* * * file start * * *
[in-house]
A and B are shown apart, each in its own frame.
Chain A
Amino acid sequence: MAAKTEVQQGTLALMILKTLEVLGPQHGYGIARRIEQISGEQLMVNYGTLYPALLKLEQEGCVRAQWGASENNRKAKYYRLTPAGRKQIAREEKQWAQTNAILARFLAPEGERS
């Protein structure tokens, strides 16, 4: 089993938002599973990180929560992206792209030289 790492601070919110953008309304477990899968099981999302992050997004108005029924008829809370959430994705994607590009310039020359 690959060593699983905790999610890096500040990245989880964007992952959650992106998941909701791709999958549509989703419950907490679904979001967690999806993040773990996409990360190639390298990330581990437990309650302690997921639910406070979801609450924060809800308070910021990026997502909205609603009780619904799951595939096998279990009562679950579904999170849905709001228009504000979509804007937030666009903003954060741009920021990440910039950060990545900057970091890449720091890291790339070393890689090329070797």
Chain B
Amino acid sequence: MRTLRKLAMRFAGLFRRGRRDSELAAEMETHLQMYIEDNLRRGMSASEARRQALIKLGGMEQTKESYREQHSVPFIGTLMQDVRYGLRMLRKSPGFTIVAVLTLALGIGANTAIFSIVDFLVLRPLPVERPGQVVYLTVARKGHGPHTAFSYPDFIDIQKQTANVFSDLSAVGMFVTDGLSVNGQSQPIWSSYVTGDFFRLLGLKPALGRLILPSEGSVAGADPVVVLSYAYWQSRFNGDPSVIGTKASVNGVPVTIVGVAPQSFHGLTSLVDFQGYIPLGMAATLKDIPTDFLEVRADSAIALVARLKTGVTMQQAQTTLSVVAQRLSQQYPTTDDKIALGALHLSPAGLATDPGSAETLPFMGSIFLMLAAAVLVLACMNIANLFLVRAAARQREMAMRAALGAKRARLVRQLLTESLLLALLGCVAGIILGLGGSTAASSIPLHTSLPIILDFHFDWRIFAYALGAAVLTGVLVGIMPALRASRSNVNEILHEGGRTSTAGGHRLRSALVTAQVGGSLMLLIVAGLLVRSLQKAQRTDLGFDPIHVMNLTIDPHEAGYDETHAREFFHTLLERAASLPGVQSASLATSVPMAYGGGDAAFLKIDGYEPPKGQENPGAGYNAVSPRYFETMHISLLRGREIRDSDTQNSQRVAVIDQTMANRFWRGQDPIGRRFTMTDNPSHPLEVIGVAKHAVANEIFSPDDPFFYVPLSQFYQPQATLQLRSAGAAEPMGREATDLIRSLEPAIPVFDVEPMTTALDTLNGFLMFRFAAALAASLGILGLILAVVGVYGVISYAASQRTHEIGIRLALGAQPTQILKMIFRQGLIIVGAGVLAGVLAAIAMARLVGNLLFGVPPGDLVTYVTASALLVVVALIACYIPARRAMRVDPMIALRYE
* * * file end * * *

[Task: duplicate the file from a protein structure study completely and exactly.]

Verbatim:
[in-house]
A and B are shown apart, each in its own frame.
Chain A
Amino acid sequence: MAAKTEVQQGTLALMILKTLEVLGPQHGYGIARRIEQISGEQLMVNYGTLYPALLKLEQEGCVRAQWGASENNRKAKYYRLTPAGRKQIAREEKQWAQTNAILARFLAPEGERS
């Protein structure tokens, strides 16, 4: 089993938002599973990180929560992206792209030289 790492601070919110953008309304477990899968099981999302992050997004108005029924008829809370959430994705994607590009310039020359 690959060593699983905790999610890096500040990245989880964007992952959650992106998941909701791709999958549509989703419950907490679904979001967690999806993040773990996409990360190639390298990330581990437990309650302690997921639910406070979801609450924060809800308070910021990026997502909205609603009780619904799951595939096998279990009562679950579904999170849905709001228009504000979509804007937030666009903003954060741009920021990440910039950060990545900057970091890449720091890291790339070393890689090329070797």
Chain B
Amino acid sequence: MRTLRKLAMRFAGLFRRGRRDSELAAEMETHLQMYIEDNLRRGMSASEARRQALIKLGGMEQTKESYREQHSVPFIGTLMQDVRYGLRMLRKSPGFTIVAVLTLALGIGANTAIFSIVDFLVLRPLPVERPGQVVYLTVARKGHGPHTAFSYPDFIDIQKQTANVFSDLSAVGMFVTDGLSVNGQSQPIWSSYVTGDFFRLLGLKPALGRLILPSEGSVAGADPVVVLSYAYWQSRFNGDPSVIGTKASVNGVPVTIVGVAPQSFHGLTSLVDFQGYIPLGMAATLKDIPTDFLEVRADSAIALVARLKTGVTMQQAQTTLSVVAQRLSQQYPTTDDKIALGALHLSPAGLATDPGSAETLPFMGSIFLMLAAAVLVLACMNIANLFLVRAAARQREMAMRAALGAKRARLVRQLLTESLLLALLGCVAGIILGLGGSTAASSIPLHTSLPIILDFHFDWRIFAYALGAAVLTGVLVGIMPALRASRSNVNEILHEGGRTSTAGGHRLRSALVTAQVGGSLMLLIVAGLLVRSLQKAQRTDLGFDPIHVMNLTIDPHEAGYDETHAREFFHTLLERAASLPGVQSASLATSVPMAYGGGDAAFLKIDGYEPPKGQENPGAGYNAVSPRYFETMHISLLRGREIRDSDTQNSQRVAVIDQTMANRFWRGQDPIGRRFTMTDNPSHPLEVIGVAKHAVANEIFSPDDPFFYVPLSQFYQPQATLQLRSAGAAEPMGREATDLIRSLEPAIPVFDVEPMTTALDTLNGFLMFRFAAALAASLGILGLILAVVGVYGVISYAASQRTHEIGIRLALGAQPTQILKMIFRQGLIIVGAGVLAGVLAAIAMARLVGNLLFGVPPGDLVTYVTASALLVVVALIACYIPARRAMRVDPMIALRYE